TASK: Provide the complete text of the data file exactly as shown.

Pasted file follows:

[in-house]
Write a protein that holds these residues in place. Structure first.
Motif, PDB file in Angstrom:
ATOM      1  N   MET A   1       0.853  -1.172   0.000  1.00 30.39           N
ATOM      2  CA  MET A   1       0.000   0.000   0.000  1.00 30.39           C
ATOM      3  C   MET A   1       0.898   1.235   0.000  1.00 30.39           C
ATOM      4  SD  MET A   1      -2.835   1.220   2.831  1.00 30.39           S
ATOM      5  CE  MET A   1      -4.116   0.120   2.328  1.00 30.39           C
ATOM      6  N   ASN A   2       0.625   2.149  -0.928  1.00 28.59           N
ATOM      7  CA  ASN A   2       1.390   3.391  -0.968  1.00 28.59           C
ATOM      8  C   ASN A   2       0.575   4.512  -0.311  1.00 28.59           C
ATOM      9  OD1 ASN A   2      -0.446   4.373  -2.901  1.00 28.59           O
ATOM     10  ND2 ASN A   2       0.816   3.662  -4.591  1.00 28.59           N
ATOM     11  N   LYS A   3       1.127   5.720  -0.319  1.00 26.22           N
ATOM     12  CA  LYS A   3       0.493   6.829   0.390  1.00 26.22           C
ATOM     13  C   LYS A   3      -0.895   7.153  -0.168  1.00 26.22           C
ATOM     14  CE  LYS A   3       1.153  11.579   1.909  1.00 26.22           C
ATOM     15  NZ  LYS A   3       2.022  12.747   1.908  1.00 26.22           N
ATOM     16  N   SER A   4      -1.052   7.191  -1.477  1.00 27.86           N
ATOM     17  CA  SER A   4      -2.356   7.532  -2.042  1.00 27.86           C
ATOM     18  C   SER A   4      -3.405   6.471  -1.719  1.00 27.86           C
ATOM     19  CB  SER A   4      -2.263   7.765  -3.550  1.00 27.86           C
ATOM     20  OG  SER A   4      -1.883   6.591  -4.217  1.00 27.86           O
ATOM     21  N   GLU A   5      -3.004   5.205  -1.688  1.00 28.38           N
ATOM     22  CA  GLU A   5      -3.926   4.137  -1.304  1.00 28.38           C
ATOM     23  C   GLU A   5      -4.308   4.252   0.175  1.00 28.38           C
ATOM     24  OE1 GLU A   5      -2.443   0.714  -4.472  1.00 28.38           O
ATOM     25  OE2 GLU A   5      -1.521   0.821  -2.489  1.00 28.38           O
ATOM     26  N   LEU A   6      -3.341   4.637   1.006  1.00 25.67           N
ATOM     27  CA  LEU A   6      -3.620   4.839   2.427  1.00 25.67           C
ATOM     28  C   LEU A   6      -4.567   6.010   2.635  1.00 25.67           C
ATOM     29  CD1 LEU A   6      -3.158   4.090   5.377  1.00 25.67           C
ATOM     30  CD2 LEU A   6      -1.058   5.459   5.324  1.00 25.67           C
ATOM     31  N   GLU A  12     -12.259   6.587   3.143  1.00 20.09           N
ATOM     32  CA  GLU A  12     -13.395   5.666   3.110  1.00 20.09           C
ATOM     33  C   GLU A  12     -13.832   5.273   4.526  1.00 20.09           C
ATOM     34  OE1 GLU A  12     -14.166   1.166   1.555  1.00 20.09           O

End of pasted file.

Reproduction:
[in-house]
Write a protein that holds these residues in place. Structure first.
Motif, PDB file in Angstrom:
ATOM      1  N   MET A   1       0.853  -1.172   0.000  1.00 30.39           N
ATOM      2  CA  MET A   1       0.000   0.000   0.000  1.00 30.39           C
ATOM      3  C   MET A   1       0.898   1.235   0.000  1.00 30.39           C
ATOM      4  SD  MET A   1      -2.835   1.220   2.831  1.00 30.39           S
ATOM      5  CE  MET A   1      -4.116   0.120   2.328  1.00 30.39           C
ATOM      6  N   ASN A   2       0.625   2.149  -0.928  1.00 28.59           N
ATOM      7  CA  ASN A   2       1.390   3.391  -0.968  1.00 28.59           C
ATOM      8  C   ASN A   2       0.575   4.512  -0.311  1.00 28.59           C
ATOM      9  OD1 ASN A   2      -0.446   4.373  -2.901  1.00 28.59           O
ATOM     10  ND2 ASN A   2       0.816   3.662  -4.591  1.00 28.59           N
ATOM     11  N   LYS A   3       1.127   5.720  -0.319  1.00 26.22           N
ATOM     12  CA  LYS A   3       0.493   6.829   0.390  1.00 26.22           C
ATOM     13  C   LYS A   3      -0.895   7.153  -0.168  1.00 26.22           C
ATOM     14  CE  LYS A   3       1.153  11.579   1.909  1.00 26.22           C
ATOM     15  NZ  LYS A   3       2.022  12.747   1.908  1.00 26.22           N
ATOM     16  N   SER A   4      -1.052   7.191  -1.477  1.00 27.86           N
ATOM     17  CA  SER A   4      -2.356   7.532  -2.042  1.00 27.86           C
ATOM     18  C   SER A   4      -3.405   6.471  -1.719  1.00 27.86           C
ATOM     19  CB  SER A   4      -2.263   7.765  -3.550  1.00 27.86           C
ATOM     20  OG  SER A   4      -1.883   6.591  -4.217  1.00 27.86           O
ATOM     21  N   GLU A   5      -3.004   5.205  -1.688  1.00 28.38           N
ATOM     22  CA  GLU A   5      -3.926   4.137  -1.304  1.00 28.38           C
ATOM     23  C   GLU A   5      -4.308   4.252   0.175  1.00 28.38           C
ATOM     24  OE1 GLU A   5      -2.443   0.714  -4.472  1.00 28.38           O
ATOM     25  OE2 GLU A   5      -1.521   0.821  -2.489  1.00 28.38           O
ATOM     26  N   LEU A   6      -3.341   4.637   1.006  1.00 25.67           N
ATOM     27  CA  LEU A   6      -3.620   4.839   2.427  1.00 25.67           C
ATOM     28  C   LEU A   6      -4.567   6.010   2.635  1.00 25.67           C
ATOM     29  CD1 LEU A   6      -3.158   4.090   5.377  1.00 25.67           C
ATOM     30  CD2 LEU A   6      -1.058   5.459   5.324  1.00 25.67           C
ATOM     31  N   GLU A  12     -12.259   6.587   3.143  1.00 20.09           N
ATOM     32  CA  GLU A  12     -13.395   5.666   3.110  1.00 20.09           C
ATOM     33  C   GLU A  12     -13.832   5.273   4.526  1.00 20.09           C
ATOM     34  OE1 GLU A  12     -14.166   1.166   1.555  1.00 20.09           O